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Thu September 16 2021

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Groundforce shores Circle Square basement

1 Nov 18 Groundforce Shorco has supplied a modular hydraulic support system to shore up the basement excavation on a city centre development in Manchester.

The props are up to 38 metres long
The props are up to 38 metres long

Concrete frame and groundworks specialist MPB Structures called on Groundforce to provide support for the 85-metre long, 40-metre wide basement excavation for the £96m second phase of the Circle Square development, which main contractor Sisk is building for developer Bruntwood.

The original plan had been to support the excavation with structural steel props in the traditional manner. The change to a two-stage propping solution to advance the construction of the cores meant the flying shores were in for a shorter duration of time.

The basement perimeter retaining wall comprising concrete secant piles and capping beam had already been installed. Groundforce, part of the Vp group, was required to install one level of props, braced against the capping beam to support the top of the piles as MPB excavated.

“This isn’t normally how we do it,” explained Groundforce major projects manager Andy Simms. “Usually the props would be assembled on the ground and secured against the capping beam before the contractor had excavated more than a couple of feet down.

“MPB had already excavated about four metres in the middle of the excavation to allow the piling of the bearing piles to commence and had battered the sides for support,” he added. This meant that the props had to be installed at height.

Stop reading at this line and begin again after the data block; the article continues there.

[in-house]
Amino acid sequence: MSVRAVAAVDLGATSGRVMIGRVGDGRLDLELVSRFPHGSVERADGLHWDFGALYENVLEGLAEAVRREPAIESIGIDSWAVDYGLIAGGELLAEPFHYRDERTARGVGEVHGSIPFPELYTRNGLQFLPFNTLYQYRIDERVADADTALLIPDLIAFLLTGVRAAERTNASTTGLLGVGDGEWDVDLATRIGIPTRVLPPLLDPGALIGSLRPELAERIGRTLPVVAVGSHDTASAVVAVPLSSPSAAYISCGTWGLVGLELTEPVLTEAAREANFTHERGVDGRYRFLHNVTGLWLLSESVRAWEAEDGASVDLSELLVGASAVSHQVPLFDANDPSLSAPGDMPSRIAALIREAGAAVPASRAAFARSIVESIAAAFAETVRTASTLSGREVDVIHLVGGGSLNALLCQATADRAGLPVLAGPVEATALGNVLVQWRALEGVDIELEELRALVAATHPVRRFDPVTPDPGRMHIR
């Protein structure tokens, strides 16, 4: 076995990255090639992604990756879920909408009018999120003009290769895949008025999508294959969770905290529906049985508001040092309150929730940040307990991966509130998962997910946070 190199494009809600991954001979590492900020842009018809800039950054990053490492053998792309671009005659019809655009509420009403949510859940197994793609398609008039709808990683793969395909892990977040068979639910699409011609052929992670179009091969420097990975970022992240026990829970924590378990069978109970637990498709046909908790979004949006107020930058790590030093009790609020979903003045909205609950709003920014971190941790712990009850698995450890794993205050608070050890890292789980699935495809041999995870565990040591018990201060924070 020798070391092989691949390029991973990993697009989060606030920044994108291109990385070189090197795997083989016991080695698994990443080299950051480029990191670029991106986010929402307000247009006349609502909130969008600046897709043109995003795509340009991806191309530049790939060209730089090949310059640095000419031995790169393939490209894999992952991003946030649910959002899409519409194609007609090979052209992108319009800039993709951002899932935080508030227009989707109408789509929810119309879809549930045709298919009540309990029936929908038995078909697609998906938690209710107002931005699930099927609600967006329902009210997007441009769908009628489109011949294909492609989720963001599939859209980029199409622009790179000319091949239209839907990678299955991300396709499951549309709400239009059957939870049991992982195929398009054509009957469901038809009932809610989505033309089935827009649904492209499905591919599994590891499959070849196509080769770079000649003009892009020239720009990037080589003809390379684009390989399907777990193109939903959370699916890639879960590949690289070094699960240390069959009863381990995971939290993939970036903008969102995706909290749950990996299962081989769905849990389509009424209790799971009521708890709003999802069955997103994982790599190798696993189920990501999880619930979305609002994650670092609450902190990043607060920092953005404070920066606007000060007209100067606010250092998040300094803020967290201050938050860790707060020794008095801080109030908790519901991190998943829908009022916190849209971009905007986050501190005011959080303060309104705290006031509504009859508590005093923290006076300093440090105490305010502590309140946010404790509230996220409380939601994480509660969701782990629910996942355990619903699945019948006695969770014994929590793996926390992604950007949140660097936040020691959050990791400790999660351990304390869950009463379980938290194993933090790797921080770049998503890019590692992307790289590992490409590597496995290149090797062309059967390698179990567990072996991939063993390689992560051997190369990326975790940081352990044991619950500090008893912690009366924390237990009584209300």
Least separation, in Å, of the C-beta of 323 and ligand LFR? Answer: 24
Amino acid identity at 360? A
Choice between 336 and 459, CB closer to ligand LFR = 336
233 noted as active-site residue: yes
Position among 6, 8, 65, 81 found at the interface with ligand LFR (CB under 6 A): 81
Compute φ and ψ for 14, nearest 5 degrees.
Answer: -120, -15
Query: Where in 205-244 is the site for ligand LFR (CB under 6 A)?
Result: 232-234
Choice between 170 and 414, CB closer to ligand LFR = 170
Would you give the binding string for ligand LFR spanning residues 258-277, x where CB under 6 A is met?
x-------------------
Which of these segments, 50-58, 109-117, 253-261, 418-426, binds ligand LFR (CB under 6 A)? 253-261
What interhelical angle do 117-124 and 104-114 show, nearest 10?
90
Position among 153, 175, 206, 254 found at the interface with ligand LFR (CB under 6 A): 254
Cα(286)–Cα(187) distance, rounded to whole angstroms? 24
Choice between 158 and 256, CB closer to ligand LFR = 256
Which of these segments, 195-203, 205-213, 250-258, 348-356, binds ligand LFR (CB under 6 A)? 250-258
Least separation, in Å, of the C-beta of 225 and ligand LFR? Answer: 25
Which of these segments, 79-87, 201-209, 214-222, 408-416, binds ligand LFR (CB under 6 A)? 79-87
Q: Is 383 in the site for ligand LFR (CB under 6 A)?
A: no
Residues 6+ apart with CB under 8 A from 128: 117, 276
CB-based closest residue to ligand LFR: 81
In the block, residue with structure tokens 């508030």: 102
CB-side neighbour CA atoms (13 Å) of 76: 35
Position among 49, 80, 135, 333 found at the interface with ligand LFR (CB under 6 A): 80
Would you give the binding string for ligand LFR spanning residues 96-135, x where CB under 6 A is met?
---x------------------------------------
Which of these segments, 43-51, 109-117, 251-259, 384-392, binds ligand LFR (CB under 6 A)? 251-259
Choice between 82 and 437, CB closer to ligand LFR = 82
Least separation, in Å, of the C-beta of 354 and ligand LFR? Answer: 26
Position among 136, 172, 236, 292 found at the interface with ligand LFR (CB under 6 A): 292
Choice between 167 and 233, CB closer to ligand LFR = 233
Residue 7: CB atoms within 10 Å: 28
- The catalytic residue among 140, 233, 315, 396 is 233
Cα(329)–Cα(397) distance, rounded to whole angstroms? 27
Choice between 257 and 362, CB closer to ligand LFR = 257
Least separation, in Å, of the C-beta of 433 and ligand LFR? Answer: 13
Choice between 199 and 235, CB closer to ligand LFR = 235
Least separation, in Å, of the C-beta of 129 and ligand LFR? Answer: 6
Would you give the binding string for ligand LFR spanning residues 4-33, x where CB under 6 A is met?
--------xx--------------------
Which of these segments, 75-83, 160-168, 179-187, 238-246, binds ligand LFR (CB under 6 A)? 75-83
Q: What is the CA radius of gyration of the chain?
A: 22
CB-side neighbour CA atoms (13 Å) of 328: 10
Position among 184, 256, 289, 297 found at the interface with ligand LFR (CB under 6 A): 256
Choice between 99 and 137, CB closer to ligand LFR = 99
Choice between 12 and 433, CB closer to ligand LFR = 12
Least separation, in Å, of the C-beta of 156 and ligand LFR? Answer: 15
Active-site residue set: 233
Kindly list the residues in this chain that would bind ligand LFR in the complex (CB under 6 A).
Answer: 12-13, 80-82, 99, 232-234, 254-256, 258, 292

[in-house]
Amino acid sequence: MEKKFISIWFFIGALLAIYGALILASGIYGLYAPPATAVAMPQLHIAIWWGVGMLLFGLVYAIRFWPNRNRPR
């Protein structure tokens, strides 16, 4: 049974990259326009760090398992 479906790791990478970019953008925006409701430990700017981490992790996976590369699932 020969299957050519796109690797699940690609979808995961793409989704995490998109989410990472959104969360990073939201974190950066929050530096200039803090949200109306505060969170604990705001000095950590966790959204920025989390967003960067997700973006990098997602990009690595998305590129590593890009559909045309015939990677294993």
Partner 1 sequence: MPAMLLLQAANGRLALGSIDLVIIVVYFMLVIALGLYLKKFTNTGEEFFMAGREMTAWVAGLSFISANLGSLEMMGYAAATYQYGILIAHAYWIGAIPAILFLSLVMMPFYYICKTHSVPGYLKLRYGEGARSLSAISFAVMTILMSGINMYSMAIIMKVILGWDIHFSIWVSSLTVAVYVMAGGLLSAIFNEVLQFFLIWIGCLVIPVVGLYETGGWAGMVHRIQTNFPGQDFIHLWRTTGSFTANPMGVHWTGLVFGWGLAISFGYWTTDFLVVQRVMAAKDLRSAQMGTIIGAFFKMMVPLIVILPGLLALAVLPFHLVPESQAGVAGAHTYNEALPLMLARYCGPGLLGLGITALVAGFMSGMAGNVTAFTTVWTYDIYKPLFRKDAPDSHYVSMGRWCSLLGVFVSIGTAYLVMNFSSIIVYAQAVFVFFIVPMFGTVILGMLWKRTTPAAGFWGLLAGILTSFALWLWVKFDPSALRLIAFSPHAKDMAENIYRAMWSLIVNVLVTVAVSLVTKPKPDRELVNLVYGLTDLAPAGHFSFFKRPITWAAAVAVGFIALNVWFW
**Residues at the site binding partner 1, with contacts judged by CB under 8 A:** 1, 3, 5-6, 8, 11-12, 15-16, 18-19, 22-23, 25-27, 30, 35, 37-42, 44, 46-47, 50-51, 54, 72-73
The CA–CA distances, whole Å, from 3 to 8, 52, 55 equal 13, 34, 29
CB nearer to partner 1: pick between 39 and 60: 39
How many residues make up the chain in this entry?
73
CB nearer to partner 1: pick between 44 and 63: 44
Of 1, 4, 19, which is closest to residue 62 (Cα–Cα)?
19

The props, which were up to 38 metres long, were assembled on the piling mat and then lifted into position by mobile crane. The cost of hiring a 130-tonne telescopic crane was offset by the time saved installing the props, Andy Simms said.

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Groundforce provided four days of site assistance to support MPB during the installation. Due to the change in the scheme, no provision had been made in the capping beam for knee braces to connect the capping beam and so Groundforce’s technical team came up with a customised solution. “We designed bespoke shear plates with post-drilled resin anchors which took the load into the capping beam,” Andy Simms said.

Custom-designed connections were required for each of the 16 prop ends. As some of the props were raked in both the horizontal and vertical planes, Groundforce had to modify the swivels by welding wedges to their back plates to achieve the necessary angles.

In total, Groundforce supplied eight props, both 150-tonne capacity MP150s and 250-tonne MP250s with 1.2-metre diameter ‘Supertube’ extensions to achieve the necessary capacity for the long spans.

All of the props were installed in just four days at the end of June. They will remain in place until the basement slab has been cast and the permanent works completed.

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